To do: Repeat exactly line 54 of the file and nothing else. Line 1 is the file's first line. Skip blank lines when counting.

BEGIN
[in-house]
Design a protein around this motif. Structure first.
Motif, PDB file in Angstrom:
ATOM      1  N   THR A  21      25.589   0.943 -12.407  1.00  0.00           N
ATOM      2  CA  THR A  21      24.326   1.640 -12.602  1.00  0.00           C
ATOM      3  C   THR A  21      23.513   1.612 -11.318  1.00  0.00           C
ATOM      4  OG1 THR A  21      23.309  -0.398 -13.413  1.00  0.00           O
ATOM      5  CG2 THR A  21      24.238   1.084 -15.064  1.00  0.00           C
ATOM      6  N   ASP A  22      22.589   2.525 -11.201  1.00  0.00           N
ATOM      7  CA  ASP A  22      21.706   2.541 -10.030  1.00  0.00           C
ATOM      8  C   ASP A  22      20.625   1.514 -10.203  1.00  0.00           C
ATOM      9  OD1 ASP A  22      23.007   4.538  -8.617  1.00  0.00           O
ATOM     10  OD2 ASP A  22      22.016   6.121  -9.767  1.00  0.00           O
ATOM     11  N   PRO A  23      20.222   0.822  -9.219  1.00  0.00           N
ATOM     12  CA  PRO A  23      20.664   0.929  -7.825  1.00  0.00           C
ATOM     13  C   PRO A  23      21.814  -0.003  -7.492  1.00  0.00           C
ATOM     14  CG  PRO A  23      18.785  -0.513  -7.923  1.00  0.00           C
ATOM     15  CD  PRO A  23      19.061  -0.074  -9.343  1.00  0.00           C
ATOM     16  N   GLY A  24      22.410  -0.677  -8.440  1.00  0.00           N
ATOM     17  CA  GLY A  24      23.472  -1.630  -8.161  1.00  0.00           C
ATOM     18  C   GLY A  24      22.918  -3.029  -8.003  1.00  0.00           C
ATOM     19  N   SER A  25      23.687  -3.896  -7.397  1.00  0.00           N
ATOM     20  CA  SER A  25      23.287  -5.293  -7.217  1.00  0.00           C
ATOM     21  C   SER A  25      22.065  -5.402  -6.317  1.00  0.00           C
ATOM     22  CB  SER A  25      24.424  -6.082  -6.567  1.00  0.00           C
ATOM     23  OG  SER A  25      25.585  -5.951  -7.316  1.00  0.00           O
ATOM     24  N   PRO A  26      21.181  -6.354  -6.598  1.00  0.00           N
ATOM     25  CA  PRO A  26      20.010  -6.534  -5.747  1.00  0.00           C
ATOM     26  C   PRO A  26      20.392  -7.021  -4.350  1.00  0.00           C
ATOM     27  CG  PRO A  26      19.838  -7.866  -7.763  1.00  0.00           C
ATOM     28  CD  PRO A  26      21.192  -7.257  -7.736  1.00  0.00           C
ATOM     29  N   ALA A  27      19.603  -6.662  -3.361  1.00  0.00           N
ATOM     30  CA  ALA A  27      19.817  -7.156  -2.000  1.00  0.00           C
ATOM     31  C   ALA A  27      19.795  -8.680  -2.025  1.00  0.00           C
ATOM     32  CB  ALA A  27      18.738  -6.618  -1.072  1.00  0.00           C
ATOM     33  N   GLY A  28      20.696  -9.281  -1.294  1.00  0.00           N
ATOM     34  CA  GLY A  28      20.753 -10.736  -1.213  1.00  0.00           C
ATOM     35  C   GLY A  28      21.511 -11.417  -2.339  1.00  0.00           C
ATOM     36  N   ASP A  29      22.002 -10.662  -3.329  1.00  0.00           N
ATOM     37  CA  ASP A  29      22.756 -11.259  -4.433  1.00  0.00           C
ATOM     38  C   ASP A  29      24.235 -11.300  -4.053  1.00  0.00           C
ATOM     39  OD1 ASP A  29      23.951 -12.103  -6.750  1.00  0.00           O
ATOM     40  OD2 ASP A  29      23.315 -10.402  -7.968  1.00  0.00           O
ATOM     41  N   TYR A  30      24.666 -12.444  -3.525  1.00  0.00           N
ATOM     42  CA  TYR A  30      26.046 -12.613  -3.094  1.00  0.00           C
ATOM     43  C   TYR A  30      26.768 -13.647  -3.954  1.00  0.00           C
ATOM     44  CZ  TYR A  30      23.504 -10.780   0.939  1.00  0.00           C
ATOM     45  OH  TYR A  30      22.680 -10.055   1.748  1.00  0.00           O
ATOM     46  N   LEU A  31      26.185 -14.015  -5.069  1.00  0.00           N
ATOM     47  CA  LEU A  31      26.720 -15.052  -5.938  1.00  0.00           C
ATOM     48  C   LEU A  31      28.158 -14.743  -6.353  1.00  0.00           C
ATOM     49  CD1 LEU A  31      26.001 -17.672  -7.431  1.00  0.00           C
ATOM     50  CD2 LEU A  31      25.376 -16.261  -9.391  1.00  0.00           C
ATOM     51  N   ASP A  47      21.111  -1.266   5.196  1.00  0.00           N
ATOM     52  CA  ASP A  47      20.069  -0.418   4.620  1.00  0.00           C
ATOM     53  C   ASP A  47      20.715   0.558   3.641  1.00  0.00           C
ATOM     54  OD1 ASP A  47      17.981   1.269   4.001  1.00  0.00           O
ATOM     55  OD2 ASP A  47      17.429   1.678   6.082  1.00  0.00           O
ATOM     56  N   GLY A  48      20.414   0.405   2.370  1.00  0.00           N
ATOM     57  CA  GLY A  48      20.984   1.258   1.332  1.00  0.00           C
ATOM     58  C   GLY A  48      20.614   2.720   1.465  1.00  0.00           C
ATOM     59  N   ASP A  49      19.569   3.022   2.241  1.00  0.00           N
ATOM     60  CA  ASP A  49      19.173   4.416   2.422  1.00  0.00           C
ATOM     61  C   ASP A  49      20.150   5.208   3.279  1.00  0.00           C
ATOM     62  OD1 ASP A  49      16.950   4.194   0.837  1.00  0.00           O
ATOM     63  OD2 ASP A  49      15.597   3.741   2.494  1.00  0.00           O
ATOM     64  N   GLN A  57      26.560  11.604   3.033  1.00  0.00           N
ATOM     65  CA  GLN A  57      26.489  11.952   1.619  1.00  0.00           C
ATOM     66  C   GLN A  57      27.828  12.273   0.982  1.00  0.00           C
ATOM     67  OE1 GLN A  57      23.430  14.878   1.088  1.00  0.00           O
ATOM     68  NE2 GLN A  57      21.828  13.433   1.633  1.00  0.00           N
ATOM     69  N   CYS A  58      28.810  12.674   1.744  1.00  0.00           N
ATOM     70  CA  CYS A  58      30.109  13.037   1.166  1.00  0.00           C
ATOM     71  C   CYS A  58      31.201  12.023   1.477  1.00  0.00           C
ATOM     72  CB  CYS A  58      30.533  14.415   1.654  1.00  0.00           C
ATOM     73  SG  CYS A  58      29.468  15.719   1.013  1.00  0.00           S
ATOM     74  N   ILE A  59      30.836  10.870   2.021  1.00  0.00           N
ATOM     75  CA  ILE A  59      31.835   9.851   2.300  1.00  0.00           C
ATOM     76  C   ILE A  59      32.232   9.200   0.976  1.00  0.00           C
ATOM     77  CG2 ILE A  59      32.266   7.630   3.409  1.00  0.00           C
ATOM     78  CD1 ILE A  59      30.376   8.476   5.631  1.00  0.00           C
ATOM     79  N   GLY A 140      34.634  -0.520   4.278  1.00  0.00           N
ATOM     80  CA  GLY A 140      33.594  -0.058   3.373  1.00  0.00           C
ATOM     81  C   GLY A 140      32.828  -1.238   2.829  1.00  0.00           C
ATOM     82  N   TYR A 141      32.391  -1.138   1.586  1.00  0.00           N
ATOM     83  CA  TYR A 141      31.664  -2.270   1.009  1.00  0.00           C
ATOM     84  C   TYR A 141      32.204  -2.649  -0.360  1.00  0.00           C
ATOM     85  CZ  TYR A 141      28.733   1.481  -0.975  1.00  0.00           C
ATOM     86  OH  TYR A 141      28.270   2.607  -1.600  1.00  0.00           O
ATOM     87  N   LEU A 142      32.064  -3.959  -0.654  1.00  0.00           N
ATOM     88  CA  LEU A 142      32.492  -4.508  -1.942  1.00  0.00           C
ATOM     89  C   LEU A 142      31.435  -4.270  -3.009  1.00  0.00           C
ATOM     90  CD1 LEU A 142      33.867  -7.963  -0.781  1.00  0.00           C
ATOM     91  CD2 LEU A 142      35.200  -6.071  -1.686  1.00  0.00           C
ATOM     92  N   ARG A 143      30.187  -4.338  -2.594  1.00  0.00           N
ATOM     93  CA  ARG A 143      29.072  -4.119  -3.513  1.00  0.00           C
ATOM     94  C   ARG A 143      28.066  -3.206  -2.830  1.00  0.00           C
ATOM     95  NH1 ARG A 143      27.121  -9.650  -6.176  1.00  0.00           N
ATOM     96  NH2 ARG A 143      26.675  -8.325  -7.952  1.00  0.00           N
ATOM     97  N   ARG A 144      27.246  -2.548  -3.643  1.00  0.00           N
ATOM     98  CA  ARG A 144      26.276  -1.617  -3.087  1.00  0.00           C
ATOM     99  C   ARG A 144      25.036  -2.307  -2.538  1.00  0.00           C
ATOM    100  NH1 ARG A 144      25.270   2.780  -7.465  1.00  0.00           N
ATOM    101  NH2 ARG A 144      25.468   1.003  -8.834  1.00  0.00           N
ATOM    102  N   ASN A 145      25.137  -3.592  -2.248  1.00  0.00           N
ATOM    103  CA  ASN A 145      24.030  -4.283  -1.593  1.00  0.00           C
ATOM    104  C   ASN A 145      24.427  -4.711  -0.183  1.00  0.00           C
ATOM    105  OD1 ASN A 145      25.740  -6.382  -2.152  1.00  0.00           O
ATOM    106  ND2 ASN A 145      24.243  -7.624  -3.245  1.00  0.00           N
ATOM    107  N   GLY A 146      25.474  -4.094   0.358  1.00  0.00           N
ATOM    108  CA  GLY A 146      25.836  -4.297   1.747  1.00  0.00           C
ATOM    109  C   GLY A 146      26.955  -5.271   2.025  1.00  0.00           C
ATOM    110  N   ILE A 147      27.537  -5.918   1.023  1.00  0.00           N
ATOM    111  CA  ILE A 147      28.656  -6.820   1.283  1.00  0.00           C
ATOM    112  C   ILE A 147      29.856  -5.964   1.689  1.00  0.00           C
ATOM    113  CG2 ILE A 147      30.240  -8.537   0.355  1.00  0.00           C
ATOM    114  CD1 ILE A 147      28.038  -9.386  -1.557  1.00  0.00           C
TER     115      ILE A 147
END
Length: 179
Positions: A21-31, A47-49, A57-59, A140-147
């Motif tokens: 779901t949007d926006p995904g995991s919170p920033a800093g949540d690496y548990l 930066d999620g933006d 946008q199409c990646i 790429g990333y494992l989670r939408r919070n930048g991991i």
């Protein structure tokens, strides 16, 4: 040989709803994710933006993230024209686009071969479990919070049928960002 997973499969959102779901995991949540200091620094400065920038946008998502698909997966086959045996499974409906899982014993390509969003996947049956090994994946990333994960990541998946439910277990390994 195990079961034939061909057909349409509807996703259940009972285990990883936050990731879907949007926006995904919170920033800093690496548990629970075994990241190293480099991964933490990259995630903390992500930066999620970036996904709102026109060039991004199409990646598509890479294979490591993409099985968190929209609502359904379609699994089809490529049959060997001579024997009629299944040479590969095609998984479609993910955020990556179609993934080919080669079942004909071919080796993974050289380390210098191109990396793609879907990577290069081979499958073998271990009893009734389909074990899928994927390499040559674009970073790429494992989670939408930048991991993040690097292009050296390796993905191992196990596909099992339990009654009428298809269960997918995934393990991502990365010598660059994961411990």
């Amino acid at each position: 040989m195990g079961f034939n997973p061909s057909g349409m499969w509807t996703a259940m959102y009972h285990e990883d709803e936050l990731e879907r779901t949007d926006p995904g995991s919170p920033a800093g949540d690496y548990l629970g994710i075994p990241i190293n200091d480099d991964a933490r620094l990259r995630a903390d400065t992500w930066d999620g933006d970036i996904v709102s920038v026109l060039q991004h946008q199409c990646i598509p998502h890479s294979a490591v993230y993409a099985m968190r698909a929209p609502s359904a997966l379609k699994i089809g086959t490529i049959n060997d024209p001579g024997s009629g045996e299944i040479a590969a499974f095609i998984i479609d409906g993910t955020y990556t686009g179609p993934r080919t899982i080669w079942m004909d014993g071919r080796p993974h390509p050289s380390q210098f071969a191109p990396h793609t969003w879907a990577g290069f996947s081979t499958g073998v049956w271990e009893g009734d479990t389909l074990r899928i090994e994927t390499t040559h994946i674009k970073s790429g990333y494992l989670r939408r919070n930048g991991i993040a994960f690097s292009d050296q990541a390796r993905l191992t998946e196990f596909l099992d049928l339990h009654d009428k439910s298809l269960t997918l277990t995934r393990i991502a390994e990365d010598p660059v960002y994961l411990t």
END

ATOM     51  N   ASP A  47      21.111  -1.266   5.196  1.00  0.00           N